• Late night revenge procrastination. This is when your day is so busy that you take night time to do the things that you want to do. This could include scrolling on social media (which is a problem within itself), watching your favorite show, or just spending time with your family.
  • Work demands can also make getting enough sleep difficult. You may feel the need to stay up late to finish something, or get up early and into the office to get ahead. Regardless, the stress from work can interfere with sleep, and make it difficult to get the required time. 
  • Shift work disorder is for those who work non-traditional hours that mess up one's sleep schedule. Shift workers have unique sleep needs because they may need to sleep when the sun is out. This completely flips their circadian rhythm, which can lead to a fluctuation of hormones. 
  • Sleep disorders are another significant cause of sleep deprivation. Insomnia, restless legs syndrome, sleep apnea, etc., are all examples of sleep disorders that interfere with one's ability to get a good night's rest. 
  • Sleeping environment is vital as well. The three main points of a sleep environment are cool, dark, and quiet. If your sleeping environment does not have these three components, then it can be difficult to get a good night's rest. Your body thrives in cooler temperatures, and a quiet and dark environment that does not stimulate your brain.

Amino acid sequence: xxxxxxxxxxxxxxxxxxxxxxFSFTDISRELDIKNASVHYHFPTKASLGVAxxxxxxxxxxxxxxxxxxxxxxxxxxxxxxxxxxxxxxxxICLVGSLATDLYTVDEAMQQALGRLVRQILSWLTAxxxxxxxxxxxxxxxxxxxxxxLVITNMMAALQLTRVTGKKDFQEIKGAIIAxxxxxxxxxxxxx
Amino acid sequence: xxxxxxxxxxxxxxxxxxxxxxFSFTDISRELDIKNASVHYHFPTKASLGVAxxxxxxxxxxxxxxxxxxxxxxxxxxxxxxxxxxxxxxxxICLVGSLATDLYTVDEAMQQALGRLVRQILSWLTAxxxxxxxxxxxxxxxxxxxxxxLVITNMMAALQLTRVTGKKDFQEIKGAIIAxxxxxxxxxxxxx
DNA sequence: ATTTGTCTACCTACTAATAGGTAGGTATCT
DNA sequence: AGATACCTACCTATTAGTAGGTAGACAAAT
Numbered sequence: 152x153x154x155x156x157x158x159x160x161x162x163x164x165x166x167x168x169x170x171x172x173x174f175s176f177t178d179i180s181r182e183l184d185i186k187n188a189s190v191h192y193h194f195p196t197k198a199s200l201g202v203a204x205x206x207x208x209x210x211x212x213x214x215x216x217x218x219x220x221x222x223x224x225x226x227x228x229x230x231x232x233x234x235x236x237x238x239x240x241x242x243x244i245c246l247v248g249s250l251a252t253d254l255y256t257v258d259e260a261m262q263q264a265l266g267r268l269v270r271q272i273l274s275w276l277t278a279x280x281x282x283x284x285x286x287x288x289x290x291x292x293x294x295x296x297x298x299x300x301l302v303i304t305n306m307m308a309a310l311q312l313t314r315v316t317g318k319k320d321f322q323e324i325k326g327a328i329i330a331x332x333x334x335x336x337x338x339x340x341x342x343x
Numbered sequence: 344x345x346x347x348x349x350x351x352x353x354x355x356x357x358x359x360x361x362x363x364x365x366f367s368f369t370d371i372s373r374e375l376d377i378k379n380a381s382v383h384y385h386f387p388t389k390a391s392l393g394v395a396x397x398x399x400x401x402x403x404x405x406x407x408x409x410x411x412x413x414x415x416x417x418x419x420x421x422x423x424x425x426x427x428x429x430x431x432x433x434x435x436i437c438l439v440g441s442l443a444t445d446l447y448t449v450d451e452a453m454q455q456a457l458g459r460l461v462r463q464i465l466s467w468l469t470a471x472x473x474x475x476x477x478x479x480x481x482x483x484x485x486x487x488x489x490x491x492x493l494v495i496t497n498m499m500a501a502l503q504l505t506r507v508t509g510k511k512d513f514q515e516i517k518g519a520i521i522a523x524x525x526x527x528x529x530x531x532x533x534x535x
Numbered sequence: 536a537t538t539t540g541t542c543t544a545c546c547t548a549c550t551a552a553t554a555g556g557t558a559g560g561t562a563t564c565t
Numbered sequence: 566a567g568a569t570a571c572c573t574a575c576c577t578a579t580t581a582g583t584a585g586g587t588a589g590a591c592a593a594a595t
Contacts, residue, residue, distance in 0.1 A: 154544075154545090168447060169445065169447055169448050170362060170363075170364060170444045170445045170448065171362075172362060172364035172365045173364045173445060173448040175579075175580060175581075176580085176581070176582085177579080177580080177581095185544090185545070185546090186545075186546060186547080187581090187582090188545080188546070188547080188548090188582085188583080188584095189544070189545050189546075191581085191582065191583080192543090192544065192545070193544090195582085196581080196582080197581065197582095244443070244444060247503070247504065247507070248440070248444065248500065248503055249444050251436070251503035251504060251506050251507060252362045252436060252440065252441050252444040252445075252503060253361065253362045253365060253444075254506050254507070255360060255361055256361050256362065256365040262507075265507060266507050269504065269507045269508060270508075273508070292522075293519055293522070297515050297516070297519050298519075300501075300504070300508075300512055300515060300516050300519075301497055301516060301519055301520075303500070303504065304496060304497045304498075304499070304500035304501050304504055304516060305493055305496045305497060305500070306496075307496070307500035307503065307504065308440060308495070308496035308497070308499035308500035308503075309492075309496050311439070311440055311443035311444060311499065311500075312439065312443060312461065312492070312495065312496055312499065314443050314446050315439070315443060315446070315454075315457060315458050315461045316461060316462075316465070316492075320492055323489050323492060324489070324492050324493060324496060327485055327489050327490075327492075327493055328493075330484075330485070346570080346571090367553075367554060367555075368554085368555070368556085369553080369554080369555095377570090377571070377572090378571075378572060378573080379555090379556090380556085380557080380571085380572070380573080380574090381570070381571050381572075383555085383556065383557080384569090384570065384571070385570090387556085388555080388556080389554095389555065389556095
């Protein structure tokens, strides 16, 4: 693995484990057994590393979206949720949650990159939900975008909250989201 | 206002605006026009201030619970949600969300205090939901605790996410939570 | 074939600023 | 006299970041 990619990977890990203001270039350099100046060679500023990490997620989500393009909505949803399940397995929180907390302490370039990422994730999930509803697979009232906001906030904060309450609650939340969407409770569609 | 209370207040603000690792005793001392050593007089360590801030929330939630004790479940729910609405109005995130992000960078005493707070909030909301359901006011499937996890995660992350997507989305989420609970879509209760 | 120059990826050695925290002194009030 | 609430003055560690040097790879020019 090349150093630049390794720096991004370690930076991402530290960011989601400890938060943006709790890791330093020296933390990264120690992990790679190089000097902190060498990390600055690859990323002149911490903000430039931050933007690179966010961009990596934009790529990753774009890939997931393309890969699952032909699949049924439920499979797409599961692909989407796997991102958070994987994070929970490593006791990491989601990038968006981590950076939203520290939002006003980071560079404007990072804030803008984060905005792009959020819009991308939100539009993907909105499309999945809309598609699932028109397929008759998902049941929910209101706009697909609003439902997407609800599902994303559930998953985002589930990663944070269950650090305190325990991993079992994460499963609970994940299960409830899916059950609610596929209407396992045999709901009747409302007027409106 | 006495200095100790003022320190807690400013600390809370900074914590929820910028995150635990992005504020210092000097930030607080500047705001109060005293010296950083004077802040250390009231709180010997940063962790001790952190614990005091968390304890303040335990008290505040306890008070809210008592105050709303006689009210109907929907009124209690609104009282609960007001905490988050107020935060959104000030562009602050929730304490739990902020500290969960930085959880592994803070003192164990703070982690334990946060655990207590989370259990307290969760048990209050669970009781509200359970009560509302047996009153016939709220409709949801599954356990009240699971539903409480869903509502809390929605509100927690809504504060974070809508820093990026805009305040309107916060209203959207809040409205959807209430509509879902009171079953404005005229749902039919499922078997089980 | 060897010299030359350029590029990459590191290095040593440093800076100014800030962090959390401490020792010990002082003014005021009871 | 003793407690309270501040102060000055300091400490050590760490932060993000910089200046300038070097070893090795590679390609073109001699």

How to get enough sleep each night

Regardless of the reasons that you are not getting enough sleep, continuing to not do so is going to worsen some of the effects we've previously discussed. If you are committed to improving your sleep, then here are some tips to help you do that. 

Set a bedtime schedule and routine. If you have a set bedtime, then you can work backwards and create a routine that helps you wind down. This can include activities like taking a shower/bath, reading, yoga/stretching, drinking a sleepy-time tea, or spending time with friends/family. It's important to not do anything particularly stimulating that could make it harder for you to go to sleep. 

Avoid electronics an hour before bed. The blue light emitted from the screen can interfere with melatonin release. Melatonin is vital for helping the body prepare for sleep and stay asleep. Turning off your electronics an hour before bed gives your brain enough time to produce all the melatonin it needs to get your body into sleep mode. 

Avoid certain substances, like caffeine, alcohol and nicotine, as they can have negative effects on one's sleep. Caffeine is a stimulant, as is nicotine, which is the complete opposite of what you want before bed. Alcohol interrupts your sleep architecture, and prevents REM sleep, which is rapid eye movement. That phase of sleep is important for memory consolidation and truly feeling rested. 

For shift workers, working a variety of shifts, using blackout curtains, and attempting to regulate your circadian rhythm as much as possible will help you overcome sleep issues associated with your working hours.  

If you struggle with getting good sleep, then please click the orange button below to take a free online sleep test and talk with one of our sleep health experts.